319 (7) 380 (8.7)

144 (3) 730 (17) 562 (13)

361 451 147 18

(8) (10) (3.4) (0.4)

4.3. Economic valuation of waste management system with PPP This section presents mathematical models for each activity of MSW management for case study two. The various costs and benets associated with waste management with public private sector participation are as shown in

Misc. cost in Rs. (US$) 466 (11) 398 (9) 3676 (85) 1426 (33) 1719 (40) 265 (6) 371 (9) 17,183 (395) 1369 (32) 40 (0.9) 60 (1.4)

Cost of lter of manure in Rs. (US$)) 900 (21) 2525 (58) 220 (5)

Total cost in Rs. (US$) 21,747 24,027 25,270 24,028 24,342 21,988 21,858 41,385 24,053 21,476 19,661 (500) (552) (581) (552) (560) (506) (503) (951) (553) (494) (452)

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Households carry waste

The cost of waste management under the public private partnership scenario is calculated as follows: Operation and maintenance cost per ton (Rs./ton) = C2. Annualized capital cost per ton of waste (Rs./ton) = A. Value of land per ton (Rs./ton) = R2. Fraction of biodegradable waste = f. Total benets of waste management per ton (Rs./ ton) = B2. Cost borne by MCGM per ton of waste management (Rs.) = C2M. Cost per ton of waste management (Rs./ton) = CPM, CPM = C2 + A + R2 f + C2M B2.

Municipal bins

Transported by MCGM to Excel site

Sorting by Excel

Organic

Recyclable

Other

4.3.1. Costs and benets associated with PPP 4.3.1.1. Operation and maintenance cost. Salary of workers per ton of waste (Rs.) = S. Total miscellaneous expenditure per ton of waste (Rs.) = M. Total expense per ton of waste (Rs.) (C2) = S + M. 4.3.1.2. Annualized cost of land. Investment in equipment (Rs.) = Ie. Life of equipment (year) = n. Rate of discount = r. e r Annualized cost of equipment (Rs.) = A 1I1 . r n 4.3.1.3. Cost of land. The data on land requirement for composting a ton of waste per day is collected from Excel Industry. Let us consider: Land required for one ton of waste (ft2) = La. Rent per ft2 (Rs.) = r. Rent on land for a ton of waste (R2) (Rs.) = La r.

Aerobic composting

Sold

Transported to dumpsite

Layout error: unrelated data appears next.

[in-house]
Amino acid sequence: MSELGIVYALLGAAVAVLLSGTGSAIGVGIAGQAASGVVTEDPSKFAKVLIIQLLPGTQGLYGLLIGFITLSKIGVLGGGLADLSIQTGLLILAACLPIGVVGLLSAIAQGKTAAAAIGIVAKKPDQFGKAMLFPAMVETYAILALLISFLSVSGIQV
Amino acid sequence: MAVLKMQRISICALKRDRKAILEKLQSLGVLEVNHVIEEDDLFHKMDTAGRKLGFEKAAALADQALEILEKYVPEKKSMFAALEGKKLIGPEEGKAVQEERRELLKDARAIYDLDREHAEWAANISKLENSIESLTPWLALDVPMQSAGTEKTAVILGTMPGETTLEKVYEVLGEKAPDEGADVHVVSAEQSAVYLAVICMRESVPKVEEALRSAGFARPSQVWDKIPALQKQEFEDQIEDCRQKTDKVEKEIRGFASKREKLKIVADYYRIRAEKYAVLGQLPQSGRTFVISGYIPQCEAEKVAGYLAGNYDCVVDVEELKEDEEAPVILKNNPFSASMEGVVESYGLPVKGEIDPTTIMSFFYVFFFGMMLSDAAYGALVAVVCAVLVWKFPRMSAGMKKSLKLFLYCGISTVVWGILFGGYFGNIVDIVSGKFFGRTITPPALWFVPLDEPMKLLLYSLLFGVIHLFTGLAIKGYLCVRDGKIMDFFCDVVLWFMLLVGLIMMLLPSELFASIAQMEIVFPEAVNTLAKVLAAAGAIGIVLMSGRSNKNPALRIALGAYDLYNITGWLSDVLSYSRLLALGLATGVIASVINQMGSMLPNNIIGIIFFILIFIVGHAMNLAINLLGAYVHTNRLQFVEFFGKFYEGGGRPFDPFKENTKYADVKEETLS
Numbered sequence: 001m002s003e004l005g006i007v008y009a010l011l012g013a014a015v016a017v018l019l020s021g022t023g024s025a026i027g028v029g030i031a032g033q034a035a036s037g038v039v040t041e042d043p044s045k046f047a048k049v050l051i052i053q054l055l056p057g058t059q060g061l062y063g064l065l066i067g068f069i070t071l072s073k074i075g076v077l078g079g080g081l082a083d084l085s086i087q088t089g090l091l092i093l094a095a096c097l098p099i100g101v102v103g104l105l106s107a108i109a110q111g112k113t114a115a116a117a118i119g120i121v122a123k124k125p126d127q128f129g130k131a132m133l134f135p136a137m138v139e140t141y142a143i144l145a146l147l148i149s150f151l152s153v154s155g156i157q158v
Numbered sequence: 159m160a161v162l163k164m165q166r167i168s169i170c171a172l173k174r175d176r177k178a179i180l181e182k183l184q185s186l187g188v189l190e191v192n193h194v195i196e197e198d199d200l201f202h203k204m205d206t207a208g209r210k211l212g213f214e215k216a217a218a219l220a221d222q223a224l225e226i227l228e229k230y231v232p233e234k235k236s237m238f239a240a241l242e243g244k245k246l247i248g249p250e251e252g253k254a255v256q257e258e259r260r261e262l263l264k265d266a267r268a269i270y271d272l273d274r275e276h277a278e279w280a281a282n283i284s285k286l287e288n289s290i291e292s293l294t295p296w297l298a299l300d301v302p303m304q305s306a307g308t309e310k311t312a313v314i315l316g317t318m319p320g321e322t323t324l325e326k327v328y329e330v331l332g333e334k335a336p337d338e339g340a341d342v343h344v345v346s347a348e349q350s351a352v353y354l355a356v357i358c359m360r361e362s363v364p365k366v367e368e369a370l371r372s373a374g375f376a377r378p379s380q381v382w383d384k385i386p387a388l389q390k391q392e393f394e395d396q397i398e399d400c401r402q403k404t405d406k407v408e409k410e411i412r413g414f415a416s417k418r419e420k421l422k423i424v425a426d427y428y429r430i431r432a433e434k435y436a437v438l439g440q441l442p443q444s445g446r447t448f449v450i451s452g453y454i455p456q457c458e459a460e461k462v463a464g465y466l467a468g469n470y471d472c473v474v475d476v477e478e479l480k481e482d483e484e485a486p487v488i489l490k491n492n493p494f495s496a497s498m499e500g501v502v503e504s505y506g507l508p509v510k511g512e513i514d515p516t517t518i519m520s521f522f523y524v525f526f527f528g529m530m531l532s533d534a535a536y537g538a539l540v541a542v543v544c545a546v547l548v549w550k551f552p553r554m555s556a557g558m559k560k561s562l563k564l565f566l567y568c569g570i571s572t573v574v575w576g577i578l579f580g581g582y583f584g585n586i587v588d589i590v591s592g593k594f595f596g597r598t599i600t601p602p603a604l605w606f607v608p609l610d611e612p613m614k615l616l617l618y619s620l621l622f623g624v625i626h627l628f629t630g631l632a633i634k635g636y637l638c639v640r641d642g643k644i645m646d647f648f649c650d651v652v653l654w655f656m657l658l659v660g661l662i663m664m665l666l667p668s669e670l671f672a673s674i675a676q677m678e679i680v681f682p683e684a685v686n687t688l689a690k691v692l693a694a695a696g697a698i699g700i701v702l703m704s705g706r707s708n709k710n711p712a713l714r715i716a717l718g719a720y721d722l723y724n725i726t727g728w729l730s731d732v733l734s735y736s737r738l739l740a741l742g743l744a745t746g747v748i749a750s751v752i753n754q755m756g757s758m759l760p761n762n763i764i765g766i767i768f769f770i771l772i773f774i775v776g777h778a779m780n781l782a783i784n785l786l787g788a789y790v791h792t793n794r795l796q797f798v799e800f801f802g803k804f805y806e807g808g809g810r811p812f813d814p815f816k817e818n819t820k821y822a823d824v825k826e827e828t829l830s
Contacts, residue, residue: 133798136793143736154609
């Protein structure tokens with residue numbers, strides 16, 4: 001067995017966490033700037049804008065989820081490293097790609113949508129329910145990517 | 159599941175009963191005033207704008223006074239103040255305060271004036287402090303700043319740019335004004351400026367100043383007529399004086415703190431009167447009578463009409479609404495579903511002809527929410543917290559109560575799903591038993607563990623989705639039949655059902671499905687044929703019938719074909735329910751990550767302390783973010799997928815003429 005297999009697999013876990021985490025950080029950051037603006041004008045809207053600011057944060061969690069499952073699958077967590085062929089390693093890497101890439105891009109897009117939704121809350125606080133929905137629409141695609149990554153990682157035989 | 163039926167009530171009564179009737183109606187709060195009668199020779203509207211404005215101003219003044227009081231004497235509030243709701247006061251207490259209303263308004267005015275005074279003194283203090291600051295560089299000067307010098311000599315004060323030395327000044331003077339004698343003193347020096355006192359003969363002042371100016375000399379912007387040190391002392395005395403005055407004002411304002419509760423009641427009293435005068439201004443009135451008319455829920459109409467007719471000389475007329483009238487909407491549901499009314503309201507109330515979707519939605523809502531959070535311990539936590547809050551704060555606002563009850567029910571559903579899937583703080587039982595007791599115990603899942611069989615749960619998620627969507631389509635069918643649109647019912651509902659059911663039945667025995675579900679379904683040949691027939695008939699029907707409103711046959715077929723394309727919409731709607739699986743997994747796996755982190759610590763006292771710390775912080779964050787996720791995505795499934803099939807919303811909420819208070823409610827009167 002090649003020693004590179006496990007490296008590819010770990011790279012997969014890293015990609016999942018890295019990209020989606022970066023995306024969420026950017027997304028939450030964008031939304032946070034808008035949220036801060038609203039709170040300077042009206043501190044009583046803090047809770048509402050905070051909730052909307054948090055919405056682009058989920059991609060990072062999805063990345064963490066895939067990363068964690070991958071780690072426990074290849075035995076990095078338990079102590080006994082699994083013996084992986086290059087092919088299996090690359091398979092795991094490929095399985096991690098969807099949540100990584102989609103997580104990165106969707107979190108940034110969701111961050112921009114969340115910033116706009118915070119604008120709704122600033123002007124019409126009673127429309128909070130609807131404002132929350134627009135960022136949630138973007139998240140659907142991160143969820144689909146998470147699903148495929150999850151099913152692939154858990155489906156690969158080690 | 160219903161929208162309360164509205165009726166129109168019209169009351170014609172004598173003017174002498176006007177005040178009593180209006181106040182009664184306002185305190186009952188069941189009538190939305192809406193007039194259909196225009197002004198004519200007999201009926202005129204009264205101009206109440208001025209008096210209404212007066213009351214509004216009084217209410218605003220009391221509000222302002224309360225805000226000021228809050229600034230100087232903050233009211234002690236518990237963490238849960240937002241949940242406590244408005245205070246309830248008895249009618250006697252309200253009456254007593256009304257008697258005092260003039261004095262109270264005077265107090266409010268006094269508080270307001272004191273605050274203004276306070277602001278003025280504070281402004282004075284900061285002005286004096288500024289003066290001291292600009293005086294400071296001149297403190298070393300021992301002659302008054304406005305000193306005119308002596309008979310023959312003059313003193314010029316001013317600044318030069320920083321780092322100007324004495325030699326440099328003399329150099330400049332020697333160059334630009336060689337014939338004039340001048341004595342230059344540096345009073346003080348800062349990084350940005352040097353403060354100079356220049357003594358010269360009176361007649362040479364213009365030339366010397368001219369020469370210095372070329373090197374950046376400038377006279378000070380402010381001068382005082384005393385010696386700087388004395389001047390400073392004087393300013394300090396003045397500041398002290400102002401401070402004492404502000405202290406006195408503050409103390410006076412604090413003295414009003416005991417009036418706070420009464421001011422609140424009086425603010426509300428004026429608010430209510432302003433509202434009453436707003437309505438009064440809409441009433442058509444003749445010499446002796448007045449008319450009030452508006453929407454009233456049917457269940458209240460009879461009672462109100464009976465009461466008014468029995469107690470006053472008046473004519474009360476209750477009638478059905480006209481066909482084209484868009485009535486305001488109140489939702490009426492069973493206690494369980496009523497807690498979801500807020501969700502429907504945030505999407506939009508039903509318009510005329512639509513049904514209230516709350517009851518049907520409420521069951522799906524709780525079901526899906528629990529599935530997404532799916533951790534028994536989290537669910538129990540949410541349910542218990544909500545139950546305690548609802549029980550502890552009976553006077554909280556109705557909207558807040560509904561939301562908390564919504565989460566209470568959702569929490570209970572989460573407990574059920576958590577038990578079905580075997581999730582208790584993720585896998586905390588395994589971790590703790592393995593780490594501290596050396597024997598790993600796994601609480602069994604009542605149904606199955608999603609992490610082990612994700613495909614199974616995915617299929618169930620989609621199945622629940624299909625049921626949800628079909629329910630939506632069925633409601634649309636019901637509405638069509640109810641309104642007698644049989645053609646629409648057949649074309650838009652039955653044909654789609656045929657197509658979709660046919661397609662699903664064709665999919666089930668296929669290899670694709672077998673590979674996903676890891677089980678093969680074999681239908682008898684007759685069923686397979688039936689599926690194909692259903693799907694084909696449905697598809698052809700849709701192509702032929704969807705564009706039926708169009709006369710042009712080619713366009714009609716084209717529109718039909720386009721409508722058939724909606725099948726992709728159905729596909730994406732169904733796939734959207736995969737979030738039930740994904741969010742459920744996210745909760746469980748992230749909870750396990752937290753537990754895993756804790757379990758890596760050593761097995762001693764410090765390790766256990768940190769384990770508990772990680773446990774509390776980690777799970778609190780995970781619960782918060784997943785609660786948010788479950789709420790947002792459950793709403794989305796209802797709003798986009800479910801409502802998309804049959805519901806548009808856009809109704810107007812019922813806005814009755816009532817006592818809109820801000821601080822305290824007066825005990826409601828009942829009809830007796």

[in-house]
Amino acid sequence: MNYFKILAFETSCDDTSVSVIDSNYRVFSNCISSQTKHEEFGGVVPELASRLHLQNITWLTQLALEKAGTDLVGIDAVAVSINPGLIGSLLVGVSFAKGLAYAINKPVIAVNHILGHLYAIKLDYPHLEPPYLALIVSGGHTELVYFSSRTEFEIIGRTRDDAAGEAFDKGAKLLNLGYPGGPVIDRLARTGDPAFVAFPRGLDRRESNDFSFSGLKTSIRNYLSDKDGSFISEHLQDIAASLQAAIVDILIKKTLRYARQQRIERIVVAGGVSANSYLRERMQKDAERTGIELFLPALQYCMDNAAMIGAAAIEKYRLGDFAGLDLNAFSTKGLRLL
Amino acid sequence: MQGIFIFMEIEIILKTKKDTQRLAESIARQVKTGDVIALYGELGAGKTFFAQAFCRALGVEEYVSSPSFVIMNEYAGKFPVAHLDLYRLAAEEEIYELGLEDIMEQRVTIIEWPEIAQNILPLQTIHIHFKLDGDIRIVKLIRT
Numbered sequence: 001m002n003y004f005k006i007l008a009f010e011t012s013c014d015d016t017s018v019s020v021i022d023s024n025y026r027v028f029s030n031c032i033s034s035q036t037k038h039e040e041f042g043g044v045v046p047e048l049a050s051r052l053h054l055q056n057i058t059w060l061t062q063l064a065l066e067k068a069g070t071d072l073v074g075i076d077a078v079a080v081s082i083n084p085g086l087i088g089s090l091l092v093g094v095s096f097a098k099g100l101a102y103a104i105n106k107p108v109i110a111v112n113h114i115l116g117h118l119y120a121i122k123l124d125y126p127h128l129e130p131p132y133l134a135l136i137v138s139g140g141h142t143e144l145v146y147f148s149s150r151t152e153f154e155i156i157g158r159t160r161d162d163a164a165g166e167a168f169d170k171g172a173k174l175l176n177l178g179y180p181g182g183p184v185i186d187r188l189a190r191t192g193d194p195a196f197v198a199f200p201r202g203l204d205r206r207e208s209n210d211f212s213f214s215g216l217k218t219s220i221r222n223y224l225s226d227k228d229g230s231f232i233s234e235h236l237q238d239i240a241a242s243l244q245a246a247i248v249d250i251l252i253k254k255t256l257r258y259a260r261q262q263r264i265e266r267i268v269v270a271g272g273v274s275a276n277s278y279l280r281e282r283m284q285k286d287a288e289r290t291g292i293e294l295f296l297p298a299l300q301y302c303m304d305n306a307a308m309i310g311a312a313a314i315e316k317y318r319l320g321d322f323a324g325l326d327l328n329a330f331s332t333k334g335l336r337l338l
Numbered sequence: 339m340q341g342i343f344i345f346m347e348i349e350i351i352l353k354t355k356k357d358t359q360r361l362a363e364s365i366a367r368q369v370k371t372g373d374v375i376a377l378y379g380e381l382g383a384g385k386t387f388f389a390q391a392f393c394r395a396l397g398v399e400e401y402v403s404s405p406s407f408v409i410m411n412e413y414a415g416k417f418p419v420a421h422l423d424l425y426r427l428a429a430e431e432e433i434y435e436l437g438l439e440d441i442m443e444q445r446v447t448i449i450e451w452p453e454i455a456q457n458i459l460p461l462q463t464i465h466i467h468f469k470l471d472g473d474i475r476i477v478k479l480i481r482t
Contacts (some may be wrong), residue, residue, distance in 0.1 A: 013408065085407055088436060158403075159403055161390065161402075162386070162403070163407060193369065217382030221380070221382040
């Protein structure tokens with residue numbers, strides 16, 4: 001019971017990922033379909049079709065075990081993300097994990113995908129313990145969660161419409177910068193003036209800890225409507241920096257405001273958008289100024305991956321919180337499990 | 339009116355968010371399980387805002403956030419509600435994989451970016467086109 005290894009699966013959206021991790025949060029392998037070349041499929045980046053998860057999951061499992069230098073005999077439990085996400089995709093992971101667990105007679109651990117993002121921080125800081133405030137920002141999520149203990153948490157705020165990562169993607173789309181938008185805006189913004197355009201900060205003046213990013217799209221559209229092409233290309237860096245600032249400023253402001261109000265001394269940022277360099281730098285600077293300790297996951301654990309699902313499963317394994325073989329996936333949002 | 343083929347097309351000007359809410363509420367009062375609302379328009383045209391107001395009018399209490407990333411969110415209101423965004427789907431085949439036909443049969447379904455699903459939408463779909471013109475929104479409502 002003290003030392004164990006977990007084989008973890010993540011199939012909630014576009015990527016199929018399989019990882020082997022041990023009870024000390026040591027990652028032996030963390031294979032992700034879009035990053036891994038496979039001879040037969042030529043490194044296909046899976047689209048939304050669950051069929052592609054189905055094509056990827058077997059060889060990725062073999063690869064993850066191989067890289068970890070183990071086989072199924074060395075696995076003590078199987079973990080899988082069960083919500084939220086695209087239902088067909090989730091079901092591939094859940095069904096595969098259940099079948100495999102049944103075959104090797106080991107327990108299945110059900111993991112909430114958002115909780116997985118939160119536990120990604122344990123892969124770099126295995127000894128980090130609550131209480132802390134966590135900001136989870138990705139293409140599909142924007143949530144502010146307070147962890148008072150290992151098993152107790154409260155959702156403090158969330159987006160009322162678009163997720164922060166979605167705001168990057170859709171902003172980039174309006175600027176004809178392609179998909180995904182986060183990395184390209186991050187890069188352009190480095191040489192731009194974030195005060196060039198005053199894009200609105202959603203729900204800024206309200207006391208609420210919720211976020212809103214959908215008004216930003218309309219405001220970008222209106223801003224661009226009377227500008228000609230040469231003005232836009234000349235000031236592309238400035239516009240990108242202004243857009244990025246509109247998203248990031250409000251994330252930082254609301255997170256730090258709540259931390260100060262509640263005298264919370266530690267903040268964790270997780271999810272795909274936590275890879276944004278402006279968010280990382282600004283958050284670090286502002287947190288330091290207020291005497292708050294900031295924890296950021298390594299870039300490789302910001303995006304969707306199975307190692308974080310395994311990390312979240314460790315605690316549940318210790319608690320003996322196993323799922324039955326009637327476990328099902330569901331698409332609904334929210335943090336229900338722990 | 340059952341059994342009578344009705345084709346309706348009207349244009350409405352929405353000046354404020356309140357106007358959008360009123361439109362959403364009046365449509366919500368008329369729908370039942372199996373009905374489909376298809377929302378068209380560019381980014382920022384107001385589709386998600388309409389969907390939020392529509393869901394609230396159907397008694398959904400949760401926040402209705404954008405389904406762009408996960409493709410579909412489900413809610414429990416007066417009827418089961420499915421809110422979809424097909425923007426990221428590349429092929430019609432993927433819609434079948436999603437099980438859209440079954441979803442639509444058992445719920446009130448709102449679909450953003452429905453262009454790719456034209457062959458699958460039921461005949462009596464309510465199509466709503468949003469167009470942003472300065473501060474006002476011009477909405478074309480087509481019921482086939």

Compost

Sold

Fig. 3. Waste management by private sector participation.

Fig. 4. Based on this model, the cost per ton of waste management for PPP is estimated. Economic valuation for PPP can be divided into two parts:  Costs and benets associated with private sector.  Costs borne by MCGM.

Public Private Partnership

Costs borne Industry

by

Excel

Cost of labour Cost of capital Cost of land Cost borne by MCGM Cost of collection and transportation Cost of disposal of inert materials

Benefits to Excel Industry Value of recyclable material Value of compost Benefits to MCGM Reduced burden on disposal sites Reduced cost of waste management

Fig. 4. Dierent costs and benets associated with PPP.

4.3.1.4. Benets per ton of waste management. Compost produced by weight = 25% of input (Excel Industry). Price of compost (Rs./ton) = p. Revenue from compost per day (Rs.) = p 0.25 WEx f. Price of paper (Rs./ton) = Ppa. Price of plastic (Rs./ton) = Ppl. Price of metal (Rs./ton) = PM. Price of glass (Rs./ton) = PG. Amount of paper recovered (ton) (APa) = WEx 0.0790. Amount of plastic recovered (ton) (APl) = WEx 0.0446. Amount of metal recovered (ton) (AM) = WEx 0.0097. Amount of glass recovered (ton) (AG) = WEx 0.0188. Total revenue from recyclable material (Rs.) (RR) = Apa Ppa + Apl Ppl + AM PM + AG PG. Benets of waste management under Excel (B2) W Ex f RR (Rs./ton). = p0:25W . Ex

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4.3.1.5. Cost borne by MCGM. All non-biodegradable and non-recyclable material is handled by MCGM. In this section a mathematical formulation is derived for costs borne by MCGM for management of 1 ton of waste with public private partnership that is C2M. Cost borne by MCGM per ton of waste management with public private partnership (Rs./ton) C2M = (Cc + Ct + Cm) + Cd fnbnr. Here all the notations have same meaning as given in Section 3.6.2. 5. Results Various costs and benets associated with community participation and public private participation in waste management are calculated using the mathematical formulation outlined above. Following is the estimation of costs and benets associated with both of the alternatives studied. 5.1. Estimation of unit cost of waste management with community participation Labor and supervision cost (C1) of waste management with community participation is estimated from Table 3 to be Rs. 561.5 (US$13) per ton. The land requirement for composting pits diers depending upon the technology used. Bhawalkar Ecological Research Institute has estimated a land requirement of 2153 ft2 (200 m2) for processing 1 ton of organic waste per day. It implies that 840 ft2 (78 m2) of land are required for 1 ton of waste generated, since the wase has only 39% wet waste. Considering a rental rate of Rs. 20 (US$0.4) per ft2 per mo (Accommodation Times, 2003), the cost of land (R1) per ton of waste per day comes out to be Rs. 559.2 (US$12.9). The benets per ton of waste with community participation (B1) = Rs. 524 (US$12). The costs per ton of waste management by MCGM are estimated from data collected through personal interviews. Collection cost per ton of waste management under MCGM (CC) = Rs. 950 (US$22). Cost of transportation per ton of waste under MCGM (CT) = Rs. 389.65 (US$9). Cost of personnel per ton of waste management under MCGM (CM) = Rs. 318.9 (US$7). Cost of disposal per ton of waste under MCGM (CD) = Rs. 8.8 (US$0.2). Cost of land per ton of waste under MCGM (CL) = Rs. 380 (US$9). Fraction of non-biodegradable and non-recyclable material per ton of waste generated (fnbnr) = 0.45. Cost borne by MCGM per ton of waste management with community participation C1M = (950 + 389.65 + 318.9 + 8.8 + 380) 0.45 = Rs. 921.30 (US$21).